As college students, education is or should be the most important issue in this election for us. Costs for tuition have been increasing at a rapid pace for many years. But what if that perfect career isn’t waiting for you after college?
Of course, education affects the economy as a whole as well. If people could specialize in jobs that move America forward, our country could compete with countries that are more advanced in technology and efficiency. This is becoming seemingly impossible under President Obama’s leadership.
Obama helps students with increased federal aid and moderate interest rates. According to Whitehouse.gov, the President and Congress helped stop interest rates on subsidized Stafford loans from doubling. Students saved an average of $1000. These savings will come back more harshly however, since helping students in their college only represents a portion of their lives. More national debts will pile up, causing a burden for our generation. If we do not get jobs after graduating, more government assistance will be needed. This would ensure that our education would not be worth anything, since unemployment cannot allow us to use our abilities to change the world.
For Republican presidential candidate Mitt Romney, education is the first step to a successful economy. He emphasizes the point of the Obama administration’s excessive spending only temporarily fixing problems like the education system. According to NBC News, Romney wants to help individuals with education more than school systems in general. This would ensure that money is going directly to the students instead of teachers unions. Obama seeks to take away opportunities like the D.C. Opportunity Scholarship Program, which allows students in low-income families to choose to leave the failing D.C. public school system to attend private or charter schools, according to the Independent Women’s Forum. According to the Independent Institute, results of this program show 20 percent more students graduating as compared to the public schools. According to The Washington Post, teachers unions were against the program, almost allowing the government to completely cut funding for it. This situation really represents what Obama stands for on education; teachers are granted their wishes presently while the future dreams of students are neglected. Romney plans to expand the program in order to benefit students with little say in their academics, instead of the teachers.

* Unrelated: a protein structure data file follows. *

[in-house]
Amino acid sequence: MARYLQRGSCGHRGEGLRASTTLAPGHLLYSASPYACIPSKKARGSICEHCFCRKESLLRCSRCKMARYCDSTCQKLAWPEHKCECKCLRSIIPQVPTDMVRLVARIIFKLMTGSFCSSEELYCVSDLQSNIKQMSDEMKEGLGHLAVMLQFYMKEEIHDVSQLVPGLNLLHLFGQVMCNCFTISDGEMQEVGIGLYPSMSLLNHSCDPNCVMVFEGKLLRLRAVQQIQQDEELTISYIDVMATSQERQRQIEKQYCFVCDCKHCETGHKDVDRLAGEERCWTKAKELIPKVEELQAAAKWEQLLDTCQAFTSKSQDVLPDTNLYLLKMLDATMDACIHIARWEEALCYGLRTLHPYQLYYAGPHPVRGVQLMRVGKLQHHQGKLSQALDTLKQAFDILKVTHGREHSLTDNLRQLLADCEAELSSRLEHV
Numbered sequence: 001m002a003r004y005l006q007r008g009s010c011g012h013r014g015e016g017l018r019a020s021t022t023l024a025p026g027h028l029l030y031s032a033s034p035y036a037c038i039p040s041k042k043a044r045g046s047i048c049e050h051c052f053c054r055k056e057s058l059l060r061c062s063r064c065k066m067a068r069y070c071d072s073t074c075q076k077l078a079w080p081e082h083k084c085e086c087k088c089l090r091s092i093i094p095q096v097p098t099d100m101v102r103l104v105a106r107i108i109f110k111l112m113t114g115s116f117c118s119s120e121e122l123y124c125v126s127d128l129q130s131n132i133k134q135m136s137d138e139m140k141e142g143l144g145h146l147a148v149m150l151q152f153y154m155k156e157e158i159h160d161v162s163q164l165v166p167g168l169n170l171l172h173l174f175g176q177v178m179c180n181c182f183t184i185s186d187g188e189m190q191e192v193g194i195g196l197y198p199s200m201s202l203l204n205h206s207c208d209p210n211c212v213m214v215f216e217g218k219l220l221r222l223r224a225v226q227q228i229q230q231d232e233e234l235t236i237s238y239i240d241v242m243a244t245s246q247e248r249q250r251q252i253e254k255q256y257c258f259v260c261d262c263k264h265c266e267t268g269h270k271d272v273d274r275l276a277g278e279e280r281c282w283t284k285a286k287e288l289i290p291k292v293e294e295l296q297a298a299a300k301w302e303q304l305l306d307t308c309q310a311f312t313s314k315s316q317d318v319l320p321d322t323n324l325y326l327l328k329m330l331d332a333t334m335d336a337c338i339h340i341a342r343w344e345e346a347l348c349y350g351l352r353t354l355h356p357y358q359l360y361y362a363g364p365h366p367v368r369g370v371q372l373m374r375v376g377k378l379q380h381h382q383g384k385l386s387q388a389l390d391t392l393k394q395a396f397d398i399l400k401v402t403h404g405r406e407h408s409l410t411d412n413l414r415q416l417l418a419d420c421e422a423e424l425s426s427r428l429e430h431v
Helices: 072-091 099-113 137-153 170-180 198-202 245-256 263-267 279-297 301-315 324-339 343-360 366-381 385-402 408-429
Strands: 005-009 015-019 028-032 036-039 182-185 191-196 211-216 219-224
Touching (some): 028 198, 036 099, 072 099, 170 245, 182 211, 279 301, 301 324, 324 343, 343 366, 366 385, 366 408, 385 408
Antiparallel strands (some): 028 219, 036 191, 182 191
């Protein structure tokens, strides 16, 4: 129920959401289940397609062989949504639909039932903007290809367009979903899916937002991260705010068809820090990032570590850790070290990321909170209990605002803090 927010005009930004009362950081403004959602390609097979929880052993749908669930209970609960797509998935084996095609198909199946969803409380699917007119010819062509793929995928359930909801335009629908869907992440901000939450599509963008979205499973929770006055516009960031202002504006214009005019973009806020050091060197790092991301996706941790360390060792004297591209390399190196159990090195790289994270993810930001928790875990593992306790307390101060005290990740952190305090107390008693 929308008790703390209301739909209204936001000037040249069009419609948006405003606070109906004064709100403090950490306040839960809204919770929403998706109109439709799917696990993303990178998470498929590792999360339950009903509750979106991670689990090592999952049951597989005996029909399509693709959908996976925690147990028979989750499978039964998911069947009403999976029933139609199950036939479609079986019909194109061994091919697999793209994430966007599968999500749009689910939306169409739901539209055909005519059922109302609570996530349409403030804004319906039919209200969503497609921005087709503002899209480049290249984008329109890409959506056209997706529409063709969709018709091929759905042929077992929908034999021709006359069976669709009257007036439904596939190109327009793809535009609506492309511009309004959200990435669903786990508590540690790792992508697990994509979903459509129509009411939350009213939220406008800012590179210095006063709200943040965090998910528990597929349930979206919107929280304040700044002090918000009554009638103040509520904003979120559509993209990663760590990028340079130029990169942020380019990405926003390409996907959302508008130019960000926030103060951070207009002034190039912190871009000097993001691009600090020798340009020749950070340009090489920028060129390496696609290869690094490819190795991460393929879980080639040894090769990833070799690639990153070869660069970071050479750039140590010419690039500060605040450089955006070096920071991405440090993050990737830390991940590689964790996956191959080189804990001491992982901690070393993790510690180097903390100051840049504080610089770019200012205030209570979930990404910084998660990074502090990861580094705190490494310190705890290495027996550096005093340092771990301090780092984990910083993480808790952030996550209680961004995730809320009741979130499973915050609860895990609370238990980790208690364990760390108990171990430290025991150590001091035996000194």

Of course, it cannot be assumed that Romney would cut education spending, since he did not as governor. Romney’s successor as Governor of Massachusetts, Deval Patrick, made a misleading statement about Romney’s record on education. Patrick falsely claimed that Romney cut education spending. According to the Washington Post, there was no evidence of cuts on education.
As for Obama, weak assurances are made in his campaign. According to his campaign website, Obama is dedicated to helping veterans attend school and find employment through the Post-9/11 G.I. Bill. However, according to the New York Times, many veterans and their families are not receiving responses about benefits from the Department of Veteran Affairs. While Obama’s campaign claimed that the bill helped 800,000 veterans, the New York Times said that 1.3 million veterans and their families filed claims for assistance last year. As compared to veterans of past wars, double the amount of Afghanistan and Iraq veterans filed for disability assistance because of the negative outlook of the economy. Improving the economy ties in perfectly with veterans getting an education; they cannot get by without government assistance, because going to school would not be efficient if they cannot get a job afterwards.
Many college students can sympathize with these veterans as they try to find their best-suited job. According to the Bureau of Labor Statistics, the largest amount of jobs increased in August was food service jobs. These are not the careers we dream of when we leave college. This year, although United States was ranked second in higher education enrollment in the Global Innovation Index, it was ranked seventy-fourth for students with engineering and science degrees. The United States was ranked thirty-first for primary and secondary education as well.
In May, Romney gave a speech saying that education is the “civil rights issue of our era.” As a businessman, he understands that having a stronger educational system increases our competitiveness in the global economy.
By Emily Leayman